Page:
• bias, the error due to the algorithm finding an imperfect model. The bias is low when the model learned is close to the ground truth, the process in the world that generated the data. The bias can be divided into representation bias caused by the representation not containing a hypothesis close to the ground truth, and a search bias caused by the algorithm not searching enough of the space of hypotheses to find the appropriate hypothesis. For example, with discrete features, a decision tree can represent any function, and so has a low representation bias. With a large number of features, there are too many decision trees to search systematically, and decision tree learning can have a large search bias. Linear regression, if solved directly using the analytic solution, has a large representation bias, and zero search bias. There would also be a search bias if the gradient descent algorithm was used.

• variance, the error due to a lack of data. A more complicated model, with more parameters to tune will require more data. Thus with a fixed amount of data, there is a bias–variance trade-off; we can have a complicated model which could be accurate, but we do not have enough data to estimate it appropriately (with low bias and high variance), or a simpler model that cannot be accurate, but we can estimate the parameters reasonably well given the data (with high bias and low variance).

• noise the inherent error due to the data depending on features not modeled or because the process generating the data is inherently stochastic.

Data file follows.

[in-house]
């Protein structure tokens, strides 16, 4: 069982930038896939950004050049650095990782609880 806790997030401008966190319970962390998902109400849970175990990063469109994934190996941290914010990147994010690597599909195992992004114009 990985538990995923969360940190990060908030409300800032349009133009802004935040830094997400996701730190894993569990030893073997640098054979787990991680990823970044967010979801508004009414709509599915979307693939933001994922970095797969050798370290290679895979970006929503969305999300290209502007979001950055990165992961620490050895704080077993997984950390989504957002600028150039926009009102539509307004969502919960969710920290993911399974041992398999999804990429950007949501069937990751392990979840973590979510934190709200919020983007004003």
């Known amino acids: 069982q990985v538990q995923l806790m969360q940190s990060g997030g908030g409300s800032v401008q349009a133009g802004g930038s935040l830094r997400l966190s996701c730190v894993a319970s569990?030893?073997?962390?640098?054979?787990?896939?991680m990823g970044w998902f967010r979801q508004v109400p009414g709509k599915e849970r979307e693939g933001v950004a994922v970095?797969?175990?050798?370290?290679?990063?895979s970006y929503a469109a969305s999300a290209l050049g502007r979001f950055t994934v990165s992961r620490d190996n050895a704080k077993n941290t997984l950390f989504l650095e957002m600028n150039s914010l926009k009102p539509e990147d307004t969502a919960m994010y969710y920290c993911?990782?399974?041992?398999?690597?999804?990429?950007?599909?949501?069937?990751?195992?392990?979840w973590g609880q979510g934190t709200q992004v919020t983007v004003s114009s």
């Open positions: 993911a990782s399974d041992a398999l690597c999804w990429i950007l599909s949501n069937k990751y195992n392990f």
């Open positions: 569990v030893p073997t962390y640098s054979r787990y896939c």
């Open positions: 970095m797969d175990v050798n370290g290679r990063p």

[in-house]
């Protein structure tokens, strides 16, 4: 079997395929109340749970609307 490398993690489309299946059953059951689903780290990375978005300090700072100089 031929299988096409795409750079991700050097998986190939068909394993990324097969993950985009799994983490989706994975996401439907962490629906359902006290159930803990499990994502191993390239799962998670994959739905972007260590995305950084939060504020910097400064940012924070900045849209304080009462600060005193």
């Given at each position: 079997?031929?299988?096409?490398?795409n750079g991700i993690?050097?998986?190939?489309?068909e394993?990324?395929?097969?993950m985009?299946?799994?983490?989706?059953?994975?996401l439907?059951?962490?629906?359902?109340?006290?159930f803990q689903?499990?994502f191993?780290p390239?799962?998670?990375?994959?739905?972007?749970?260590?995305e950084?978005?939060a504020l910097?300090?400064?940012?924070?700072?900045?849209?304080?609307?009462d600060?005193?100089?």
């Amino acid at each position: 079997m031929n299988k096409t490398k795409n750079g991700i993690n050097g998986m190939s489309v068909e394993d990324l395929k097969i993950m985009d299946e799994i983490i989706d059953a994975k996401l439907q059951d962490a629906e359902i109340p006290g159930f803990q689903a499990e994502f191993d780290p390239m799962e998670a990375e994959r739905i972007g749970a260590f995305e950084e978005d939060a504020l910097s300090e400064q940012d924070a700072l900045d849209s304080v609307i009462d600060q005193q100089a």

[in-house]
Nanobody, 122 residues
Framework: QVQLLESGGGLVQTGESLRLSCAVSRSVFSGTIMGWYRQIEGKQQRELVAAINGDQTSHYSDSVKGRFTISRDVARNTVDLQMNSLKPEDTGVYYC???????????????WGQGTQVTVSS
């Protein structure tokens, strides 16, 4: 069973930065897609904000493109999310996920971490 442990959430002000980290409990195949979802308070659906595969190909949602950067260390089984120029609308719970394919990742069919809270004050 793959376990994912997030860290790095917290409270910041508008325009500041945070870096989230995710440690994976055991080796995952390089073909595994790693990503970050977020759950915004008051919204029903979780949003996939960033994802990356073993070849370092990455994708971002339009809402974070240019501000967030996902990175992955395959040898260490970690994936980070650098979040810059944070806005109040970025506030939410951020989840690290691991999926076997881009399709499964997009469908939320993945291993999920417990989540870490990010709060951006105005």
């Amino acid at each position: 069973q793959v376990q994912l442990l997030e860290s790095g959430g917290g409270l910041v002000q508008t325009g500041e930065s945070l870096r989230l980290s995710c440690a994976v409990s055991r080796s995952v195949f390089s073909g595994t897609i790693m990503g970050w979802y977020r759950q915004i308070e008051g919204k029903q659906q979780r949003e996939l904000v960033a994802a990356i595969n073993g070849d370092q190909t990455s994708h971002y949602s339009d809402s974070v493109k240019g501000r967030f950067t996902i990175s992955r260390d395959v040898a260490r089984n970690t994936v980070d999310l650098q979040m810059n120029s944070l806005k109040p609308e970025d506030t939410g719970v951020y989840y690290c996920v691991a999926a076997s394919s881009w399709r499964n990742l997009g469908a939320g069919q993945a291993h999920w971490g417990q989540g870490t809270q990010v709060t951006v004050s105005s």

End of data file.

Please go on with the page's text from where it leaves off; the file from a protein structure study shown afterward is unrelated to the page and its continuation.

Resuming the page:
Overfitting results in overconfidence, where the learner is more confident in its prediction than the data warrants. For example, in the predictions in Figure 7.12, the probabilities are much more extreme than could be justified by the data. The first prediction, that there is approximately a 1 in 10000 chance of being true, does not seem to be reasonable given only 19 examples. This overconfidence is reflected in test data, as in the following example.

Example 7.16.

Figure 7.14 shows a typical plot of how the sum-of-squares error changes with the number of iterations of gradient descent. The sum-of-squares error on the training set decreases as the number of iterations increases. For the test set, the error reaches a minimum and then increases as the number of iterations increases. As it fits to the training examples, it becomes more confident in its imperfect model, and so errors in the test set become bigger.

The following sections discuss three ways to avoid overfitting. The first explicitly allows for regression to the mean, and can be used for cases where the representations are simple. The second provides an explicit trade-off between model complexity and fitting the data. The third approach is to use some of the training data to detect overfitting.